Next, add about half a cup of water into the glass jar, making sure that you do not add more than is necessary or your growth medium will become too wet. Then screw the lid onto the glass jar tightly and place it in a dark space at about 27 degrees Celsius. Mist the jar twice daily with water to keep humidity levels high. As soon as you see small white bumps start to appear on the surface, remove all other substrate material inside the bag and continue misting it in water each day.
Once the white bumps start to grow into mushrooms about an inch tall, it is time to harvest them. this takes about 3 weeks. Use cotton swabs to gently scrape them out of the jar and place them on a clean, dry surface. If you want to save spores from the mushrooms for future use, carefully cut off a small portion of the stem with a razor blade.
Alternatively, you can harvest by squeezing each one gently below the surface of the substrate while pulling up with a twisting motion. Place harvested mushrooms in a paper bag and store in a dark dry place until required.
After harvesting, remove all uncolonized substrate material and mist the bag in water to keep it moist until your next harvest. You can reuse this bag for up to four harvests over a period of two months by simply adding more sterilized substrate each time you use it.
Button Mushrooms Growing Tips:-
1) Button mushroom kits should be used within a month of purchase, so try not to waste any time!
2) If your humidity levels are too high, you can reduce them by opening the lid of the growing jar for an hour a day.
3) If your humidity levels are too low, you can increase them by placing a small bowl containing 1 cup of water in the jar and surrounding it with plastic wrap before sealing the lid back on.
4) When mushrooms start to grow remove all other uncolonized material inside the bag and then continue to soak it in water each day.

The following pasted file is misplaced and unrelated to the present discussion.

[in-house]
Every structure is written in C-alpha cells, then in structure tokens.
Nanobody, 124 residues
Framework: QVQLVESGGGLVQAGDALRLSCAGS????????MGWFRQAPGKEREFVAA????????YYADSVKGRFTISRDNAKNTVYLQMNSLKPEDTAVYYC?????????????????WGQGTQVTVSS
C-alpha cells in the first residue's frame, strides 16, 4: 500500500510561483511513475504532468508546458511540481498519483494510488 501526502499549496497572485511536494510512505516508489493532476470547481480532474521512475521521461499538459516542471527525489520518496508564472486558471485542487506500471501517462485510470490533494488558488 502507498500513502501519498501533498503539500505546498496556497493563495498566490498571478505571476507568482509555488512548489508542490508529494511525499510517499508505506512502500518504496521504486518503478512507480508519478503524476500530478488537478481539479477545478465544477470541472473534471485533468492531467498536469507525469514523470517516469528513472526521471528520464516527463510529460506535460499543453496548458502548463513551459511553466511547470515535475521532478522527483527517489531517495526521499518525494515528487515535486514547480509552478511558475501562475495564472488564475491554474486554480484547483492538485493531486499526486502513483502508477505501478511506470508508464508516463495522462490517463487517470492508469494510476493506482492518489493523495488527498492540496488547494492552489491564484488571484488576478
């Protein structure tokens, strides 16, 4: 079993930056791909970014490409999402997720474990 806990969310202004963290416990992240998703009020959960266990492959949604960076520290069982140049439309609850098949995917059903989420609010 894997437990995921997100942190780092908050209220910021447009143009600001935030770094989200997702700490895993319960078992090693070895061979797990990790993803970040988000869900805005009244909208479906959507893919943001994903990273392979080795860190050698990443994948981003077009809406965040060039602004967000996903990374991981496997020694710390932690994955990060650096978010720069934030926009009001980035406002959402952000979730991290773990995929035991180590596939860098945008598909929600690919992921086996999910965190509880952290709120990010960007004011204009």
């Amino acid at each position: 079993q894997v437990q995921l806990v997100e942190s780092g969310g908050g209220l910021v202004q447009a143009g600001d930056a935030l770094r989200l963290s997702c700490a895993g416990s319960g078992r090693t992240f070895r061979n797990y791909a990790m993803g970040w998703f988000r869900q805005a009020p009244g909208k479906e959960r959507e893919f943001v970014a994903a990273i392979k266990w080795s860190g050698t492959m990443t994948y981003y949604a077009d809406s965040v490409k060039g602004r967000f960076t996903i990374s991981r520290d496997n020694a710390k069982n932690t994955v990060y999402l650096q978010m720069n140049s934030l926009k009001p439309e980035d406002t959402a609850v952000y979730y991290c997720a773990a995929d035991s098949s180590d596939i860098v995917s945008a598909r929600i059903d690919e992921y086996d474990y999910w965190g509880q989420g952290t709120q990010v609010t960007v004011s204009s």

5) If any material inside the bag starts to grow before the mushrooms, remove it promptly - this is known as 'greening'. This can be identified by its grassy smell.
6) Never eat button mushrooms that have not fully grown! They are very poisonous at this stage and can make you very sick.
7) Be careful not to eat button mushrooms that have been grown in the same conditions as poisonous varieties such as death caps!
Common Pests and Diseases
- Green Mold
If a thick layer of mycelium becomes green. Mushrooms will be brown and cracked or deformed as they mature. Green mold can be eliminated by following careful cleanliness protocols, and it is vital to fully sterilize the compost before utilizing it.
- Verticillium Spot
Verticillium spot is a fungal disease that affects the growth of mushrooms. You can get it if your mushrooms have small spots or misshapen caps. Verticillium spot causes white, fuzzy growth to grow on your mushrooms and can even cause them to become hairy.
You may remove the fungus by using salt. Place a cup of salt near the bubbles to dry them out. There are some fungicidal options for the verticillium spot, but it might also destroy the mushrooms.
- Dactylium Disease
Webbed, cottony growth on the casing's surface and mushrooms are characteristic of this illness. It might turn grey or pink, and the mushrooms will develop a mushy, watery rot.
It is important to maintain good hygiene in order to get rid of Dactylium infection. Make sure the casing and all equipment are kept clean and sanitized.
White button mushrooms are among the most common types of edible mushrooms found in grocery stores. The above steps will help you grow white button mushrooms at home.
Remember that patience is key when growing these fungi. If you have any other questions about this process please consult a professional for advice on how best to cultivate them under your conditions. With luck and adequate care, harvesting succulent white buttons from your own kitchen could be just around the corner!